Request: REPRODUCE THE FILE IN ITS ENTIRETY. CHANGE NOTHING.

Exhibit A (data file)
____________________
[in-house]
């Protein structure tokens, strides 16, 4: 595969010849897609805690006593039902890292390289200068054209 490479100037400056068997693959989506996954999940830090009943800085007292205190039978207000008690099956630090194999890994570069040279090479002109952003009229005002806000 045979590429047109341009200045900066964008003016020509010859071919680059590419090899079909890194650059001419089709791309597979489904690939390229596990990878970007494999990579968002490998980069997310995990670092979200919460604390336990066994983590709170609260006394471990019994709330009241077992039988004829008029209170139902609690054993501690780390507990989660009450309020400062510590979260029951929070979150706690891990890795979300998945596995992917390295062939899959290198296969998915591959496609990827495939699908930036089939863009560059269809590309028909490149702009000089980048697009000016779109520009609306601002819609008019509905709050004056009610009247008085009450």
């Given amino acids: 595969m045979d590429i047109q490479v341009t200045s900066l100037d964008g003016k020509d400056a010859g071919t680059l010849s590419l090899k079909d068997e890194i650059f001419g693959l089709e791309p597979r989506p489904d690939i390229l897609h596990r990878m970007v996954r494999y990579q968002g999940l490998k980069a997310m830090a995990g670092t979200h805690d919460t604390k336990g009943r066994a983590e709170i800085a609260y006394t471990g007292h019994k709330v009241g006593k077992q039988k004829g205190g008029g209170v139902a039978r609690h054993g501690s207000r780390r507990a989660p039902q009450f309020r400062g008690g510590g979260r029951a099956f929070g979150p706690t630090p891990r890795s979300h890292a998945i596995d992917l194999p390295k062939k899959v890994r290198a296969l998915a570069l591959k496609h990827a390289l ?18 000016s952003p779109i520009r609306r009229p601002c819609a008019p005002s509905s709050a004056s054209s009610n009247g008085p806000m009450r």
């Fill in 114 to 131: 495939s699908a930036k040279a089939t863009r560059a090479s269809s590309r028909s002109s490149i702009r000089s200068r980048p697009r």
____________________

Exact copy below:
[in-house]
């Protein structure tokens, strides 16, 4: 595969010849897609805690006593039902890292390289200068054209 490479100037400056068997693959989506996954999940830090009943800085007292205190039978207000008690099956630090194999890994570069040279090479002109952003009229005002806000 045979590429047109341009200045900066964008003016020509010859071919680059590419090899079909890194650059001419089709791309597979489904690939390229596990990878970007494999990579968002490998980069997310995990670092979200919460604390336990066994983590709170609260006394471990019994709330009241077992039988004829008029209170139902609690054993501690780390507990989660009450309020400062510590979260029951929070979150706690891990890795979300998945596995992917390295062939899959290198296969998915591959496609990827495939699908930036089939863009560059269809590309028909490149702009000089980048697009000016779109520009609306601002819609008019509905709050004056009610009247008085009450």
């Given amino acids: 595969m045979d590429i047109q490479v341009t200045s900066l100037d964008g003016k020509d400056a010859g071919t680059l010849s590419l090899k079909d068997e890194i650059f001419g693959l089709e791309p597979r989506p489904d690939i390229l897609h596990r990878m970007v996954r494999y990579q968002g999940l490998k980069a997310m830090a995990g670092t979200h805690d919460t604390k336990g009943r066994a983590e709170i800085a609260y006394t471990g007292h019994k709330v009241g006593k077992q039988k004829g205190g008029g209170v139902a039978r609690h054993g501690s207000r780390r507990a989660p039902q009450f309020r400062g008690g510590g979260r029951a099956f929070g979150p706690t630090p891990r890795s979300h890292a998945i596995d992917l194999p390295k062939k899959v890994r290198a296969l998915a570069l591959k496609h990827a390289l ?18 000016s952003p779109i520009r609306r009229p601002c819609a008019p005002s509905s709050a004056s054209s009610n009247g008085p806000m009450r």
């Fill in 114 to 131: 495939s699908a930036k040279a089939t863009r560059a090479s269809s590309r028909s002109s490149i702009r000089s200068r980048p697009r």